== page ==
QUESTION: I run a small business with about 25 employees, and I am faced with a challenge. I need to change the behavior of my employees. I have asked them repeatedly to turn in their timesheets before they leave work on Friday. When I make an announcement to the company, things get better for a week or two, but then they regress to the former state. How can I fix this problem permanently?
ANSWER: Changing behavior is challenging, but it can be done.
We’ve seen the three steps outlined below work time and time again. If you are committed and follow these steps faithfully, behavior will change. The key is consistency.
Here are three straightforward steps:
Measure the behavior: Regardless of what the behavior is, the first step to changing it is to measure it.
If at all possible, the measurement should be objective and quantified. Making the measure objective rather than subjective eliminates the possibility of an argument about the outcome.
Were the timesheets turned in on time? This is binary — yes or no. They either were or they weren’t. There should be no room for debate. Objective measures are preferable.
Second, the measures should, if at all possible, be quantified.
If 20 of 25 timesheets were turned in on time, the on-time rate is 80%. Quantifiable measures can be tracked and plotted over time.
Trends are easy to identify. Improvements are obvious — so are problems. Even subjective measures can be quantified.
For example, suppose you want your phone answered with a pleasant voice. Whether a voice is pleasant is clearly subjective.
However, the measure can be quantified. The phone was answered with a pleasant voice 43 times out of 50 — an 86% success rate.
Pay attention to the results: It is great to measure behavior and that is the first step, but by itself this is insufficient.
If you measure results, but they go into a drawer and you don’t pay attention to them, nothing will change.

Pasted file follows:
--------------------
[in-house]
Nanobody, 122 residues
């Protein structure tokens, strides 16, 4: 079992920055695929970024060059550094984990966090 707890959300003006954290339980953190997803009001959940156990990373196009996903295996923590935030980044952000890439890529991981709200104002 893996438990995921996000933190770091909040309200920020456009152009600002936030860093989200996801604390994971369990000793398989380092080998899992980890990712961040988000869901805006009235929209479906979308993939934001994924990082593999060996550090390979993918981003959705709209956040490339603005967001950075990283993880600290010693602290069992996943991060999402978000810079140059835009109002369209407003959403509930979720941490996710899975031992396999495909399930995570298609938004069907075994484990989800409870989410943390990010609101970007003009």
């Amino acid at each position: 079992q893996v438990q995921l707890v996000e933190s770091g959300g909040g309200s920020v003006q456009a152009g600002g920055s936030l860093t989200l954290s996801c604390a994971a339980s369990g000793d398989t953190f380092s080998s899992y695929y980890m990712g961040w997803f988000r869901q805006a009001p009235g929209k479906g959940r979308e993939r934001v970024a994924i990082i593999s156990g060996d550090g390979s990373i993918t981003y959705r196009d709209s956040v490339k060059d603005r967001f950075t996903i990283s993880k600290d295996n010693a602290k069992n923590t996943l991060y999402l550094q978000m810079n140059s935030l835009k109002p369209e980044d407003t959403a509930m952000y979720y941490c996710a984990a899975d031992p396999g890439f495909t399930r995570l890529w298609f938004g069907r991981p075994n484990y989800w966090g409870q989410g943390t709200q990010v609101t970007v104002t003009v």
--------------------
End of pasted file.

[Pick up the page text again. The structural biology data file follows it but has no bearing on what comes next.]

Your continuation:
We often say, what you measure and pay attention to is what you get.
If you want timesheets turned in on time, measure performance and let people know that you are paying attention to results. Post them. Announce them at company meetings.
You have to make sure that everyone in the company knows that this is important to you.
Enforce consequences: There will need to be consequences for failure to perform.
Be careful about making draconian public decrees such as, “I’ll fire the next person whose timesheet is late.”
Suppose the next late timesheet comes from a 20-year employee who always turns her timesheet in on time. However, on this Friday she ran out of the office early because her daughter was critically injured in an automobile accident and she forgot her timesheet. Obviously, you’ll want to make an exception.
However, you also don’t want to bend your policy. (By the way, in this case, bend it.)
It would have been much better for you to deal with repeat offenders privately.
Be careful about making public ultimatums that you may not want to enforce. If it becomes necessary to discipline a repeat offender, people will get the message.
By the way, consequences can be positive as well as negative. For example, you could buy the company lunch if employees achieve a threshold success rate.
Doug and Polly White have a large ownership stake in Gather, a company that designs, builds and operates collaborative workspaces. Polly’s focus is on human resources, people management and human systems. Doug’s areas of expertise are business strategy, operations and finance.